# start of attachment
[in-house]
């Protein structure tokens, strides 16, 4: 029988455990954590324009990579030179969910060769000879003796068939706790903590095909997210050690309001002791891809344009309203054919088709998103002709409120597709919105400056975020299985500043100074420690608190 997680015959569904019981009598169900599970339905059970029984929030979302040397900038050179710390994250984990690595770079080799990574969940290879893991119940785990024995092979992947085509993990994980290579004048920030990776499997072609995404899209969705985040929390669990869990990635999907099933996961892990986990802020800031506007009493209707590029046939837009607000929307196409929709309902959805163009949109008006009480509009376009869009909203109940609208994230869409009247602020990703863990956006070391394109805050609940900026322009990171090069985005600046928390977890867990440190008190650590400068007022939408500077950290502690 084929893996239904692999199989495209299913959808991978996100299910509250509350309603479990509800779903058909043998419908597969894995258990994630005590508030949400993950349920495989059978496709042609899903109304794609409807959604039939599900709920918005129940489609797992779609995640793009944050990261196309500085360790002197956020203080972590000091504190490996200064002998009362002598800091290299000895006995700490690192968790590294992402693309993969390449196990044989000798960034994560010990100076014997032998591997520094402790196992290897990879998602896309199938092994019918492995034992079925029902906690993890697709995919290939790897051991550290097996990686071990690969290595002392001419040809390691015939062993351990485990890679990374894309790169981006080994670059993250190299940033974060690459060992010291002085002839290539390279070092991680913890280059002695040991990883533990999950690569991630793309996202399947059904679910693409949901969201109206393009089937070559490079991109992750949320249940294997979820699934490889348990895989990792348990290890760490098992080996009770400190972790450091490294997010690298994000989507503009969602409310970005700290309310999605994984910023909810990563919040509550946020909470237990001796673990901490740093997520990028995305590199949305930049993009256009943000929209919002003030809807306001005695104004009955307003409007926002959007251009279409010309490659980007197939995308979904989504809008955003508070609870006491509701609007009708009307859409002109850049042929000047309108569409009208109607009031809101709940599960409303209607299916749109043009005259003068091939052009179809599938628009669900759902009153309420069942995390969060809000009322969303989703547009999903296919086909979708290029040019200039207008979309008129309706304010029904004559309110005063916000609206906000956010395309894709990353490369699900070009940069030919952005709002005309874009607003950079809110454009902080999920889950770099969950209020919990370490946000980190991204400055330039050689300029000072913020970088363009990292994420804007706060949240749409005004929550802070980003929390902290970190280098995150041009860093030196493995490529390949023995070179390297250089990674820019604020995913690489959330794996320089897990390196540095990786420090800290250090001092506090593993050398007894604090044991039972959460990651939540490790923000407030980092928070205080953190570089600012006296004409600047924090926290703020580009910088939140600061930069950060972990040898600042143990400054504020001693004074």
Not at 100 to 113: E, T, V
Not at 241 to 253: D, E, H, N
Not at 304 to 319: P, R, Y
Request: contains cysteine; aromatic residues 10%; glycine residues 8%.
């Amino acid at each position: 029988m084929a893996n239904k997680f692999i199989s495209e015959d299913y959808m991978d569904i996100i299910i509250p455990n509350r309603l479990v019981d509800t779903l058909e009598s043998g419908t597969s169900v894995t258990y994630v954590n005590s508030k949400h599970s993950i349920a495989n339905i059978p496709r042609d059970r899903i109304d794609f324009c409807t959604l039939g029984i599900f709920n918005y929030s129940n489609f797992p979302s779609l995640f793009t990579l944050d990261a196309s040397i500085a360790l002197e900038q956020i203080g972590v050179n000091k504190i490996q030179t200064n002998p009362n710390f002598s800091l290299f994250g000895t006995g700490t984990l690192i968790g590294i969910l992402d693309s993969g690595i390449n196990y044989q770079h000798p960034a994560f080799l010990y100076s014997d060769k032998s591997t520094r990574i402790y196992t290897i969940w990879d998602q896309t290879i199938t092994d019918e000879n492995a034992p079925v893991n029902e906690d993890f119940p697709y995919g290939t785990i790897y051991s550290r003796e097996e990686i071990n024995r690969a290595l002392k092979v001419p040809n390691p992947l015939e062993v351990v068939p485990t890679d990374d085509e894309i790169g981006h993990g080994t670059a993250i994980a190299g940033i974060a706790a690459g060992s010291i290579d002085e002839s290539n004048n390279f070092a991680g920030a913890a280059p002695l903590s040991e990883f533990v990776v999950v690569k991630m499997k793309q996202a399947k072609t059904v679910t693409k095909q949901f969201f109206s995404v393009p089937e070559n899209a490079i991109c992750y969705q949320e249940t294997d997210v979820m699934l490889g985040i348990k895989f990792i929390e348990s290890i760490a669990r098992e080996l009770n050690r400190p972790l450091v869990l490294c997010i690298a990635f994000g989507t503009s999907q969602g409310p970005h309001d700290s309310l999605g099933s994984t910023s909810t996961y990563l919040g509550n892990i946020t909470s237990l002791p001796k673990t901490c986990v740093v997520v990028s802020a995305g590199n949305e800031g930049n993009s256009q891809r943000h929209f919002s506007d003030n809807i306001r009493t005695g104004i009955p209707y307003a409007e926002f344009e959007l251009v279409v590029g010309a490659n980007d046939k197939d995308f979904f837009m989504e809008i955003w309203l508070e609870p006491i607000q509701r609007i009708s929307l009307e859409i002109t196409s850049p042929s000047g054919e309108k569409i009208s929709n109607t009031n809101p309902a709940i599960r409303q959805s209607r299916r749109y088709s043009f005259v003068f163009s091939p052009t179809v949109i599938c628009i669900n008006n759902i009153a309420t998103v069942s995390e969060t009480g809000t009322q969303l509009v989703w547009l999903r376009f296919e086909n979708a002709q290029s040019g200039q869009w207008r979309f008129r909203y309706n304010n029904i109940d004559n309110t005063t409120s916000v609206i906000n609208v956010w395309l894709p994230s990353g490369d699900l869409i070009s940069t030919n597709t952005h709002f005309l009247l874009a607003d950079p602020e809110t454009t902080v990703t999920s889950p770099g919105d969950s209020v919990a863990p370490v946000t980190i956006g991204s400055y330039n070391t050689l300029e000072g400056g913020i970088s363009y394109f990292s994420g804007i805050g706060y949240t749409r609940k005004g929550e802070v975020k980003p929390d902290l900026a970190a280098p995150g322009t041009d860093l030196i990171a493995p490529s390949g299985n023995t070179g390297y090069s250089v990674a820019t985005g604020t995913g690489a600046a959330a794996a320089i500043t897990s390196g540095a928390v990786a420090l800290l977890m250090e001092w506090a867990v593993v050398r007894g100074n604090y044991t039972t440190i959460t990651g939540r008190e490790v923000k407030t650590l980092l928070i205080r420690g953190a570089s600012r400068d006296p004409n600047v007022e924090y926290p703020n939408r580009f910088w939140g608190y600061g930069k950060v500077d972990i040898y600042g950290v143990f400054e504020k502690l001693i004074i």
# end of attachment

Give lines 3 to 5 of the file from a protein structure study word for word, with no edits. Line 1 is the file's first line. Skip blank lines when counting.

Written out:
Not at 100 to 113: E, T, V
Not at 241 to 253: D, E, H, N
Not at 304 to 319: P, R, Y